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ISSN: 2637-4692

Modern Approaches in Dentistry and Oral Health Care

Opinion(ISSN: 2637-4692)

Use of Chlorhexidine Solution as an Additional Step in Combination with Conventional and Two or Three Step Adhesive Systems Volume 3 - Issue 3

Diogo de Azevedo Miranda1* and Ana Paula Bartocci2

  • 1 Faculty of Medical Sciences and Health, Brazil
  • 2Dental of Faculty of Medical Sciences and Health, Brazil

Received: December 03, 2018;   Published: NDecember 07, 2018

Corresponding author: Diogo de Azevedo Miranda, Faculty of Medical Sciences and Health, Brazil

DOI: 10.32474/MADOHC.2018.03.000165

Abstract PDF

Opinion

Adhesion to dental tissues is one of the main lines of research today, mainly the chemical evolution of adhesives, which allowed the restorative procedures to be performed with greater speed and predictability. Bonding to dentin is a unique form of tissue engineering in which a matrix of demineralized collagen with residual crystals of hydroxyapatite is used as the basis for the infiltration of resinous monomers, forming the hybrid layer. Most adhesive systems currently available on the market produce good initial bond strength values, allowing the clinician to stick to the dental structure without the need for retentive preparation [1]. Despite technological advances in adhesive materials, clinical and laboratory studies [2,3] confirm the inexorable degradation of the bonding of the composite resin to dental tissues in the long term [4]. The simplification of adhesive procedures was done at the expense of the use of more hydrophilic resinous monomers, responsible for the formation of hybrid layers with lower hydrolytic stability4. Ideally, the network of collagen fibrils exposed after conditioning with phosphoric acid should be completely infiltrated. However, it is known that there is a decrease in the diffusion gradient of the resinous monomers, creating defects at the base of the hybrid layer which manifest morphologically as an unprotected collagen zone. The collagen fibrils of this non-infiltrated zone show structural instability, since they are not enveloped by the resinous monomers [5].

For this reason, the reduction of bond strength of adhesive systems to dentin can be attributed to water sorption, hydrolysis of the resinous phase and degradation of the collagen network [4,6]. Reactively, it was found that a family of proteolytic enzymes present in the dentin matrix can also contribute to the degradation of adhesive interfaces. Metalloproteinases (MMPs) have specific functions in the regulation of physiological and pathological mechanisms of collagen-bearing tissues, such as dentin mineralization. However, these enzymes may also have deleterious effects on the degradation of collagen and other extracellular proteins6,7. MMPs can be activated by the acidity of conventional adhesive systems (mainly related to the previous application of phosphoric acid) and autocondicionantes, as well as by acid derivatives secreted by bacteria related to dental caries [5]. Since the durability of the adhesive treatments is usually related to the quality of the hybrid layer, different operative maneuvers have been proposed aiming to increase the longevity of the tooth-restoration interfaces: 1) reduction of water incorporation rate; 2) improvement in the quality of infiltration of the resinous monomers; and 3) reduction of dentin collagen degradation [7].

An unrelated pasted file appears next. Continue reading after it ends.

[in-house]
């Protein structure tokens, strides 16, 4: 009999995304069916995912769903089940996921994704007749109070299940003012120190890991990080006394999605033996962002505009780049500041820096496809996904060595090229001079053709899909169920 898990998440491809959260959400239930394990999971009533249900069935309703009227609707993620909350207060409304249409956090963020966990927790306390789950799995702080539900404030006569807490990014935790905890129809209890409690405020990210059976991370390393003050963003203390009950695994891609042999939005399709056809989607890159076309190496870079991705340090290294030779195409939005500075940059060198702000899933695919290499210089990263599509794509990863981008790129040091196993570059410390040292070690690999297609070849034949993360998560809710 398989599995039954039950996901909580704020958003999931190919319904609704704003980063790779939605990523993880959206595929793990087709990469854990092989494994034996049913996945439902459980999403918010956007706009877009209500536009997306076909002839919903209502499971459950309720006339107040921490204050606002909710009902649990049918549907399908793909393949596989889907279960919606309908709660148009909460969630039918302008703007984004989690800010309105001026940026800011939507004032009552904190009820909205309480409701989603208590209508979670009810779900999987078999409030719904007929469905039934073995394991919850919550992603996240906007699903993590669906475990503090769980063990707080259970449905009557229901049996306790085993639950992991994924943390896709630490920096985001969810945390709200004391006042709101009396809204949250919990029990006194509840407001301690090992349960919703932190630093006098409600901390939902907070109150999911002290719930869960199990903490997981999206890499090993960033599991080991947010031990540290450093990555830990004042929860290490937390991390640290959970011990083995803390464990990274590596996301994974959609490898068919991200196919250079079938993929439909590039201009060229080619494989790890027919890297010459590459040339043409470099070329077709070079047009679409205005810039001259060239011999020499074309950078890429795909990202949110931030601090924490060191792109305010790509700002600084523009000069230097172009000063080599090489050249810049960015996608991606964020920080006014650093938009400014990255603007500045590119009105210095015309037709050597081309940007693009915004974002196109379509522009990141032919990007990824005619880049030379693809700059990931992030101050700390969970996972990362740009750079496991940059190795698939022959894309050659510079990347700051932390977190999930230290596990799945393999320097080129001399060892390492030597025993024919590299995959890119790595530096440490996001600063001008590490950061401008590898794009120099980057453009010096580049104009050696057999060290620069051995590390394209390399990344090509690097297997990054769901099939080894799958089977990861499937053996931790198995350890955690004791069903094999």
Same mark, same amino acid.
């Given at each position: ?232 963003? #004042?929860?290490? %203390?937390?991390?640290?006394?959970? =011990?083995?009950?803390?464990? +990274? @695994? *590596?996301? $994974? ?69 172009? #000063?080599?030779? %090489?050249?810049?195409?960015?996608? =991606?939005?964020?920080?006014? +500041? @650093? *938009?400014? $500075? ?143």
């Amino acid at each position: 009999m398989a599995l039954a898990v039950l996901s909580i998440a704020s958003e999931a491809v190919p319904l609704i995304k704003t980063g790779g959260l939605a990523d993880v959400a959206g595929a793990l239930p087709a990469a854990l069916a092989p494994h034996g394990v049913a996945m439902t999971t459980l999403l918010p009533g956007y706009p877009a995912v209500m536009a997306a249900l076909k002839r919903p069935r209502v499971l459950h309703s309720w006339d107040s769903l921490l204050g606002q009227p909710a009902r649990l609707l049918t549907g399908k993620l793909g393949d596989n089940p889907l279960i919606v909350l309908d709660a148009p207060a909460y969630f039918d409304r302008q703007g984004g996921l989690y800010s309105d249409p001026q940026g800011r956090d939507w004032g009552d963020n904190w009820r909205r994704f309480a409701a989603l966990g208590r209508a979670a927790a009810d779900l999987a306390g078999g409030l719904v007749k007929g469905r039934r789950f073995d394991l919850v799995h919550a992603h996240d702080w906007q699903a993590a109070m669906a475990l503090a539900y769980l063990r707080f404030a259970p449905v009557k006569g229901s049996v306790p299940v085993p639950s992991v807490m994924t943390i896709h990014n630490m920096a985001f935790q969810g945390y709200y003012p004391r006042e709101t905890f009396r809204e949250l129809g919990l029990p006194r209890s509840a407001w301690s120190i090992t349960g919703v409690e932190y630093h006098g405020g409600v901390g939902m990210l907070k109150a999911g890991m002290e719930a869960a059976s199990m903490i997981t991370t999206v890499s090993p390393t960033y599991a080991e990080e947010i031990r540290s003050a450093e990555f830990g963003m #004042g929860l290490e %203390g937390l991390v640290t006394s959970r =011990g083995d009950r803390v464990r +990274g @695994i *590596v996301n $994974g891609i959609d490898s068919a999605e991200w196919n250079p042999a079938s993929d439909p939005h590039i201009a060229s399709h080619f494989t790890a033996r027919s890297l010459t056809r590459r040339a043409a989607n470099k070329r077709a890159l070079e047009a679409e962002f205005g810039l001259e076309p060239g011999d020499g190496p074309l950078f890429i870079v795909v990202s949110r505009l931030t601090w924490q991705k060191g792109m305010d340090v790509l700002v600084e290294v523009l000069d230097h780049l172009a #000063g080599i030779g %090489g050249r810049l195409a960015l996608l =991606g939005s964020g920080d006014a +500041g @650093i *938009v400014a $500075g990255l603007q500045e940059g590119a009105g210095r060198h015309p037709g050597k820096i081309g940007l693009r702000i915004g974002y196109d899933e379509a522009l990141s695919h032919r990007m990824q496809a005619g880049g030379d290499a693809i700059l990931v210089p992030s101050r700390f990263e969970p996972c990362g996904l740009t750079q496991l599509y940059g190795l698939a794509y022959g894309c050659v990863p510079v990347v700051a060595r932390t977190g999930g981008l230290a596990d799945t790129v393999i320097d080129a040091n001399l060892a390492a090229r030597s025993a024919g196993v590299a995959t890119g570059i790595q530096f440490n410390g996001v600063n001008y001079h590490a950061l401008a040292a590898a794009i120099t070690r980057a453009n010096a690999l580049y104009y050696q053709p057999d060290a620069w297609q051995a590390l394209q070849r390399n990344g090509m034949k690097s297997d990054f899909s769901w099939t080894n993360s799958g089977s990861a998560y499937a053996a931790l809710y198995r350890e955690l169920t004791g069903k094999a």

Currently, the major focus of the studies is on the reduction of collagen degradation, seeking the inactivation of MMPs present in the dentin matrix through the use of specific inhibitors. Pashley et al. [8] observed that chlorhexidine had inhibitory properties of the metalloproteinases and consequently preservation of the structural integrity of the collagen fibers, which could halt the degradation of the hybrid layer. Since then, several studies have demonstrated that the degradation of dentin collagen can be reduced through the use of chlorhexidine solution on the dentin already conditioned by the phosphoric acid. Its main effect is the inhibition of metalloproteinases through a mechanism of chelation of calcium and zinc ions present in the dentin matrix. In addition to not interfering with the immediate values of bond strength, it makes the adhesive interfaces more stable over time, since it reduces the deterioration of the hybrid layer. The most used concentrations are 0.2% and 2%, with the 2% solution being the most searched. Chlorhexidine, at concentrations below 1%, has bacteriostatic action, causing membrane damage and loss of low molecular weight substances, such as potassium and fluoride ions, although it does not produce the bacterial death. However, at concentrations above 1%, it causes coagulation and cytoplasmic precipitation, producing cell death, being highly bactericidal [4,6]. This substance acts on gram-positive and negative aerobic and anaerobic. It has several applications, and, in the area of Restorative Dentistry, it has been indicated for the cleaning of cavities before they are restored, because it provides adequate disinfection of the dental tissues. In carious lesions in which all infected structures were removed, it was suggested to apply this solution as a way to ensure the complete removal of remains of organisms that could be present in the cavity [9,10].